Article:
Prune and deadhead to shape growth and force blooms

QUESTION: "We have a new home (2 years old) and I have Knockout roses across the front of the house. Some have grown quite bushy and, not being a gardener, I am uncertain when or if I should prune them. If so, do I prune at a slant or what? They have been absolutely beautiful. Also, I have not "deadheaded" them but wonder if I should. Thanks for any advice you can give me." - Beth Haynie
ANSWER: First of all, it is not necessary to prune roses at a slant. Pruning comes down to a matter of personal taste and what you find aesthetically pleasing to look at. If you feel you need more uniformity and want them all about the same then you may need to prune. If you prefer a wilder, more natural look, some slight trimming could be all you need to do.
Deadheading refers to pinching off spent flowers to force the growth of new blooms. The deadheading process fools the plant into believing that its reproductive cycle is not yet complete, so it compensates by producing additional blooms and thus the seeds that accompany them.
The Knockout rose was introduced in 2000 and became an immediate favorite due to its hardiness (in USDA zones 4 - 9) and its exceptional disease resistance, blooming from spring to frost. The Rainbow Knockout is one of my favorite varieties.
QUESTION: "I am not able to work in my yard during the hot weather so therefore my yard is a MESS! Weeds, I know, can be cut down anytime and I have a ton of them. But I have Rose of Sharon to be cut and other bushes (I am not quite sure of their names) that need to be trimmed. So is spring or fall the best time to do this?" - Linda Sutterfield
ANSWER: Fall is here and what a time to be outside! Weeds can usually wait, but when they put on flowers, they should be clipped or pulled off as soon as possible because they will produce seed and spread all over for germination next year.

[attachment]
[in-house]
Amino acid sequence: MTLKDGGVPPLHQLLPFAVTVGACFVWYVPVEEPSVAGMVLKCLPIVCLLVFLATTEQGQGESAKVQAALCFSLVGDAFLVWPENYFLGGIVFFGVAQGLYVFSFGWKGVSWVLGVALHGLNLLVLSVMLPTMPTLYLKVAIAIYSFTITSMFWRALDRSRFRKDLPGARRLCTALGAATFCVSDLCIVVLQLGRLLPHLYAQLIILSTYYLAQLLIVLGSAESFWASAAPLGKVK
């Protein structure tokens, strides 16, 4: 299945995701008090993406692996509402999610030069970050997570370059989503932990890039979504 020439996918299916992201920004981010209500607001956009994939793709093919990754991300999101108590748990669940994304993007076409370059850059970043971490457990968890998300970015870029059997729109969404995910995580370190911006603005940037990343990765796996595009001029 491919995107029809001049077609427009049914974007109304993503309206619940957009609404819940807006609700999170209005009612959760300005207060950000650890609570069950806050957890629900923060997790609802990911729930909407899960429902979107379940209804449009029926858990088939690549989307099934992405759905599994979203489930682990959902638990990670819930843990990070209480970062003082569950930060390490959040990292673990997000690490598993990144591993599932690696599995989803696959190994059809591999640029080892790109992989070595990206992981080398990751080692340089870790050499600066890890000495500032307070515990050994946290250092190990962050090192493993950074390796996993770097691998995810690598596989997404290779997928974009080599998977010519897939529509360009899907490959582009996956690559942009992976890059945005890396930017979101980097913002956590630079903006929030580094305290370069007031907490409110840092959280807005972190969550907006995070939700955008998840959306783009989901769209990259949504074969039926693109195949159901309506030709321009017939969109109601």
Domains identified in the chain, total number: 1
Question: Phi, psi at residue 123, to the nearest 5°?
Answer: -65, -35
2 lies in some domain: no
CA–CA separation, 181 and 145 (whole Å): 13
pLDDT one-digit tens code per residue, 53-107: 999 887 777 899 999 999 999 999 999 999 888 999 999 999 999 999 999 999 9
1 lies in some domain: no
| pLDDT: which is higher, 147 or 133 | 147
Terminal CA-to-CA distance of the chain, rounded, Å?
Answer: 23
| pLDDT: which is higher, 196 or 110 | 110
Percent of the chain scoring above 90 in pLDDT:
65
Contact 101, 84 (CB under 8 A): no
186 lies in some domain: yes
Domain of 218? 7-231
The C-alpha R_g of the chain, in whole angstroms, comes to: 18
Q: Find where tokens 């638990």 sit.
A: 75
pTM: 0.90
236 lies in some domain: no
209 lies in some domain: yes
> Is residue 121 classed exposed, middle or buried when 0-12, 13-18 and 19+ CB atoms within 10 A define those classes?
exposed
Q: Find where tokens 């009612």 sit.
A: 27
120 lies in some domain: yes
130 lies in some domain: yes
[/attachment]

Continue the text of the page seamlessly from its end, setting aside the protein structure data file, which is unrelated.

If you aren't sure what the shrub varieties are, the rule on spring and summer flowering shrubs is to prune them after their blooming cycle. Generally, spring and early summer flowering shrubs will set their buds for next season by mid summer. If you prune those during fall/winter, you will lose flowering for the following year. Rose of Sharon will bloom throughout the summer season and blooms best on new wood, so you can prune it at any time.
QUESTION: "I'm trying to develop a sloping southeast facing rock garden in a full sun area. The soil drains well because of the slope. It is about a 45 degree angle. It is anchored by rocks with planting spaces in between.
I formerly had St. John's Wort and coneflowers growing in this area. While they seemed to grow well and seemed to be shunned by deer, still I wasn't satisfied because neither spread. The St. John's Wort did not make a significant enough statement with either the tiny blooms or with the less than luxuriant foliage. The coneflowers may have been the wrong sort as they had small blooms with small rounded cones and didn't show up well.
What I think I need is a ground cover to start over with. Do you have any recommendations for this sunny, deer-prone, sloping rock garden as to groundcover to spread among the rocks on the full sun slope?" - E. Clark Buchi
ANSWER: you could go with any number of ground covers but the ones that I would choose for the area would be Dragon Red sedum, Vinca or Periwinkle and Green Sheen pachysandra. Spread them out across the area and they will eventually come together. You could also mix in some creeping thyme which we have amongst our plantings around rocks and such. You might want to add some of the low growing ornamental grasses for texture, easy maintenance, and winter interest.
The Plant Man is here to help. Send your questions about trees, shrubs and landscaping to and for resources and additional information, or to subscribe to Steve's free e-mailed newsletter, visit
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